A Dynasty Trust is a trust that is designed to last for generations. Though you can set them up during your lifetime as an Irrevocable Trust, most people form Dynasty Trusts at death. Most people create a Dynasty Trust through their Will or Revocable Trust. The language establishes an Irrevocable Trust at your death that can hold your home. The trust provides shelter from your children’s divorces and creditors. Further, the trust spells out the rules you wish enforced. Such trusts have been available in New Jersey and Pennsylvania for some time.
For example, your Will can say that your home pours into a Dynasty Trust. The terms could state that your children serve as co-trustees able to decide who lives in the house and what expenses that person must pay. Until your death, this trust doesn’t exist. You are fee during your lifetime to change terms or even sell the house.
Read my website for more information about Dynasty Trusts.
Who Serves as Trustee?
The Trustee is the person or company in charge of the trust. The Trustee enforces the rules. Selecting the trustee is vitally important. The trustee must manage the various beneficiaries’ conflicting goals and maintain the house. The trustee must collect money, pay bills and perhaps evict a child or grandchild who refuses to obey the rules.
Not everyone is suited to serve as trustee. If you had us design your trust, we would advise you to think carefully about your trustee and the various available checks and balances on trustee powers.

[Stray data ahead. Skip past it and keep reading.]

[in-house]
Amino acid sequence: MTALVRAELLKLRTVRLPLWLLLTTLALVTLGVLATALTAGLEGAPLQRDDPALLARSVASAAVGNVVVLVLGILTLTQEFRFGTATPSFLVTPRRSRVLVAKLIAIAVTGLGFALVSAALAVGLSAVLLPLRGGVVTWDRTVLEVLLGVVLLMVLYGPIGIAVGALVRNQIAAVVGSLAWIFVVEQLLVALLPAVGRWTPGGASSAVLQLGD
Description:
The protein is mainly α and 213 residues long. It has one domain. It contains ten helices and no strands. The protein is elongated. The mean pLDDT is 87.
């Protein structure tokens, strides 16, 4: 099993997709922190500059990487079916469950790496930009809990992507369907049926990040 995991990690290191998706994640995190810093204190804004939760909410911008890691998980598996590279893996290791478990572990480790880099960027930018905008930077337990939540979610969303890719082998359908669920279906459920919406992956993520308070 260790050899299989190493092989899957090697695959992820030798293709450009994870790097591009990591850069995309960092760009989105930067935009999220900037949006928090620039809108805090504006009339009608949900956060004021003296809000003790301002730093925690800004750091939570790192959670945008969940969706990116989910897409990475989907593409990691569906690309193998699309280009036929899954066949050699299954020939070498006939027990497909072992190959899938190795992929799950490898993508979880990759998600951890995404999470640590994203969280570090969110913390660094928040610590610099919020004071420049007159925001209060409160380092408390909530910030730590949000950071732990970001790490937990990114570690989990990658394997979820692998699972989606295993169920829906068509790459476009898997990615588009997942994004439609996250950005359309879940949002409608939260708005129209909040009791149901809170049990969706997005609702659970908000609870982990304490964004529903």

Children and grandchildren move. Neighborhoods and tax structures change. It might turn out that far in the future the need for the home just does not exist. If so, it is best to design an exit strategy. Without one, the property might become unsellable and abandoned. What will be the trigger that someday allows your family to sell the property? There are as many ways to answer that question as there are families. If you have us design your trust, we will brainstorm options and arrive at a strategy that best fits your own, personal philosophy.
How to Keep the Family Home in the Family.
Space here doesn’t allow me to give a great deal of detail. So, if you would like more information I encourage you to read more about estate planning options.
In this Post, I tried to answer the question, “How to Keep the Family Home in the Family?” Further, I included links to even more detailed information on my website. So, let me know how I did, comments and questions are welcome!
Furthermore, I would be happy to answer your questions. If you have any other matters for a Philadelphia Estate Planning Lawyer, feel free to contact our office for a free consultation. We try to make the process as painless as possible!
Wills, Trusts, Probate, and Estate Litigation, It’s All We Do!
Author, Peter Klenk, Esq.
Throughout our website, klenklaw.com, you may find more information about Estate Planning including How to Keep the Family Home in the Family. Also, our firm focuses exclusively in the area of estate planning, probate, and the litigation surrounding estate planning and probate. This includes Will Contests and Will Challenges. Therefore, if you need assistance with any estate related matter call one of our Experienced Estate Planning Lawyers for a free consultation. We practice throughout New Jersey, Pennsylvania, New York, Minnesota and Florida.